Tax reform: A make-or-break policy

“Build, Build, Build” is a new development mantra signifying the largest infrastructure push in Philippine history to propel economic growth in the next five to six years. Among the key investments that the Philippine government will make are big-ticket infrastructure projects, specifically roads and bridges, mass urban-transport systems and alternative green city solutions. These are envisioned to solve the problems attributed to traffic congestion, inadequate mass-transport facilities, air pollution and lack of green, healthy community spaces.

Nevertheless, in a world of scarce resources, there is no such thing as a free lunch, which simply means that there is a cost to bear for every benefit one enjoys. “Build, Build, Build” is no exception to this rule, so the importance of tax reform comes to the fore, as it will largely contribute to the funding of these infrastructure plans. This column attempts to provide a condensed explanation of tax reform for everyone’s benefit.

For starters, one must consider the government, which, like any other productive unit in society, needs to raise revenues in order to spend. Government spending typically encompasses operating expenses, basic services provision, infrastructure investment and other items. Revenues, in turn, are raised from various sources, notably taxes from firms and individuals.

If government collection exceeds spending, there is a budget surplus. If government spending exceeds its collection, there is a budget deficit. If “Build, Build, Build” were to figure prominently on the expenditure side, while no compensating measures were taken on the revenue side, there would likely be a budget deficit that could reach about 3 percent of total economic output for 2017 (approximately P478.1 billion).

So, how could the budget deficit be managed? One way is to decrease government spending, which might not be a wise decision, because it could decrease aggregate spending and slow down economic growth. Another way is to borrow money, whose potential drawbacks are higher interest rates and lower private investment—a so-called crowding-out effect.

A more innovative approach is the ongoing (and long overdue) comprehensive review of the tax system, known as Tax Reform for Acceleration and Inclusion (TRAIN). It aims to institute progressive tax reform and more effective tax collection, which would require taxes to be indexed to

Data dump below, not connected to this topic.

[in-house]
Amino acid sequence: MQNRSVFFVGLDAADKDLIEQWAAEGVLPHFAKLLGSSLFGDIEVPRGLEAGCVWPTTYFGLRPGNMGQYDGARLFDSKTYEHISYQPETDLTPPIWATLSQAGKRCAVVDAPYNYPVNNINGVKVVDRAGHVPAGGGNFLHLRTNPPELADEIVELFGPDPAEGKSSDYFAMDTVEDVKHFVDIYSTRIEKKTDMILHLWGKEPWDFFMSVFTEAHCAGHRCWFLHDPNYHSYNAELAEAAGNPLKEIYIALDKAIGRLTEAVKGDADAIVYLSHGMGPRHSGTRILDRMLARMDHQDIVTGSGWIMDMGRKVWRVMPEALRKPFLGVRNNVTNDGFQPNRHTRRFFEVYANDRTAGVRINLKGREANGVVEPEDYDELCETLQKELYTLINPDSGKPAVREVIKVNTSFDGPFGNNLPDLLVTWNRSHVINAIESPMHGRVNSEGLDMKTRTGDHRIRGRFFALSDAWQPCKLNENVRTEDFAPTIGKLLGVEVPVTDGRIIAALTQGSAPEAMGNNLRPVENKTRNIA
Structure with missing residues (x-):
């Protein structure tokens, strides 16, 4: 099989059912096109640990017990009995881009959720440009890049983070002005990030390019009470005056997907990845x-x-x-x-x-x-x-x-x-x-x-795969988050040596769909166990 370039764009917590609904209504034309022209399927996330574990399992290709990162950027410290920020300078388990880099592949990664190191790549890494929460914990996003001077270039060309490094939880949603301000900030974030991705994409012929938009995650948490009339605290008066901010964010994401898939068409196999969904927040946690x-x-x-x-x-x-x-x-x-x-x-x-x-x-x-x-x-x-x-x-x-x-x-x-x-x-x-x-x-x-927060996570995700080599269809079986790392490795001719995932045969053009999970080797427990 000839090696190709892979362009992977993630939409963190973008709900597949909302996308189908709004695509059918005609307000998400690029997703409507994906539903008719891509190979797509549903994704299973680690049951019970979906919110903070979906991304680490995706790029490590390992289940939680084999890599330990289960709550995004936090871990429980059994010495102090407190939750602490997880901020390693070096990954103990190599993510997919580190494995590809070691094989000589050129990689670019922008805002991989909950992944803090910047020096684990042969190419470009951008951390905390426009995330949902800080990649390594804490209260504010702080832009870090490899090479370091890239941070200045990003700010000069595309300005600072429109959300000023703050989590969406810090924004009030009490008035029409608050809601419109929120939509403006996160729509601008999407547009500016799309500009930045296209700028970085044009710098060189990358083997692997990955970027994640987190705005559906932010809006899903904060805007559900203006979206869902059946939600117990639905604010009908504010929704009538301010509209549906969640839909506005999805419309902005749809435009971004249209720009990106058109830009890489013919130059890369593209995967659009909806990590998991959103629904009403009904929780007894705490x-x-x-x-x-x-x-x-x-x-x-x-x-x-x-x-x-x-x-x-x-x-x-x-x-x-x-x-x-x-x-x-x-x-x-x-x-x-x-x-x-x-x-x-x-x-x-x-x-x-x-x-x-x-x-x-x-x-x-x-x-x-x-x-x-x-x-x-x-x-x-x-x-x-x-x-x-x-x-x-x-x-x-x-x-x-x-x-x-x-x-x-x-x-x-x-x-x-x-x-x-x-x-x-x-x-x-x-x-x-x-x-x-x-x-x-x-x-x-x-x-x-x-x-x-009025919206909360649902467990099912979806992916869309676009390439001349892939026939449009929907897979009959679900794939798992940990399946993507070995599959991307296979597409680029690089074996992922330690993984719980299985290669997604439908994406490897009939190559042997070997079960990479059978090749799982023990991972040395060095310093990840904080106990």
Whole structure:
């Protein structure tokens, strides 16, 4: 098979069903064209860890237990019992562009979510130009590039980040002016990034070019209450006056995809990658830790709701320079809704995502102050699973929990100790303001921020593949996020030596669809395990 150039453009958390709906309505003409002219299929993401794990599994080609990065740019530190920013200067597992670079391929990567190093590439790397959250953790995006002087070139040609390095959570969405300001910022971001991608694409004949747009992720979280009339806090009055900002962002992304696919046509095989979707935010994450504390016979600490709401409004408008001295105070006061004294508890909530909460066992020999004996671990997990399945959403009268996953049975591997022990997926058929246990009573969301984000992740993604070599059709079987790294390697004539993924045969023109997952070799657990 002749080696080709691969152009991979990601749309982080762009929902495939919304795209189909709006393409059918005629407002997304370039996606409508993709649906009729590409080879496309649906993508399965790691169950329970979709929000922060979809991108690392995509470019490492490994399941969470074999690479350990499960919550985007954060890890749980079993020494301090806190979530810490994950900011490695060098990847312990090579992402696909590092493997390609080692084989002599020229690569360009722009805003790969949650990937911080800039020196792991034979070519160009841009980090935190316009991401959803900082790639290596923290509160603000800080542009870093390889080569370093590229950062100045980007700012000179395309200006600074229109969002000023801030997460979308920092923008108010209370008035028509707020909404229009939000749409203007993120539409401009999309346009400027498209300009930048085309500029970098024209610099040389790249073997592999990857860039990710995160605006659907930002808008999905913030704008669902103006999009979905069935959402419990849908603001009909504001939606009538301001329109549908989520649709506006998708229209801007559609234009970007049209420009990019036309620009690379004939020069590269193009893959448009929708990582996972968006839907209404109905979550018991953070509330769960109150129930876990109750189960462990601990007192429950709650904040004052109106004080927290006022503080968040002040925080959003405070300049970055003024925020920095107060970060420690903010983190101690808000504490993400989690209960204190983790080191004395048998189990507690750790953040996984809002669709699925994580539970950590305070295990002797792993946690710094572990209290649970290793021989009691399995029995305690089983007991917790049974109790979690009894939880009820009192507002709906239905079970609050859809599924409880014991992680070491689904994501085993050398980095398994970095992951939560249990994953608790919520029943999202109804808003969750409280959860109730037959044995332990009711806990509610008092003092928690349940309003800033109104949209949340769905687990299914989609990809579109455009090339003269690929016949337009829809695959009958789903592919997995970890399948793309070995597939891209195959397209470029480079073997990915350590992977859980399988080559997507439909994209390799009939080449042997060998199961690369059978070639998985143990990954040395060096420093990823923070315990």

As our Prof. Dr. Cielito Habito explains, progressivity means that the higher one’s income is, the larger the percentage of that income should be paid in taxes. This is based on the notion of vertical equity, which means that those with a higher capacity to pay should be compelled to pay more, in both absolute and proportionate terms.

More effective tax collection means that revenue agencies, most prominently the Bureau of Internal Revenue and the Bureau of Customs, should collect as much of what is due the government as tax laws provide. Tax compliance should increase, or equivalently, tax evasion and tax avoidance should be curbed.

Indexing taxes to inflation has two aspects. One aspect relates to the periodic review of income-tax brackets to inflation so that an ordinary income earner will not be penalized with higher tax rates as nominal income goes up with inflation, even if actual purchasing power remains the same (or even declines). Another aspect relates to the review of certain taxes, fees and charges—particularly those set at an absolute value rather than as a percentage—to ensure that government revenues from these sources will not be substantially eroded over time.

Simply put, tax reform is a delicate balancing act where the government will be giving with its right hand while taking with its left hand, so to speak, in order to push economic growth even further (acceleration) by putting more money in the hands of more people who are also likely to spend more (inclusion).

A critical success indicator is the tax effort ratio (tax revenues in proportion to total output), as it is believed to be a reliable predictor of economic growth. Currently, the Philippines has a lower tax effort than most of its neighbors, and yet, it has higher tax rates. This observation points to much leakage in the tax system, which the ongoing tax reform would presumably address.

So, what would likely happen if “Build, Build, Build” were to push through, sans tax reform? There could be a reversal of the current good fiscal condition, since pursuing an ambitious infrastructure plan without the necessary compensating reforms would lead to huge fiscal deficits. Investments could suffer, and so would economic growth.

Moreover, with global uncertainty facing business process outsourcing revenues and overseas Filipino workers remittances, the Philippines must undergo an internal transformation to unleash its growth potential. This is why tax reform is a make-or-break policy.


Ser Percival K. Peña-Reyes and Justin Jerome G. Valle are graduate students at the Ateneo de Manila University Economics Department.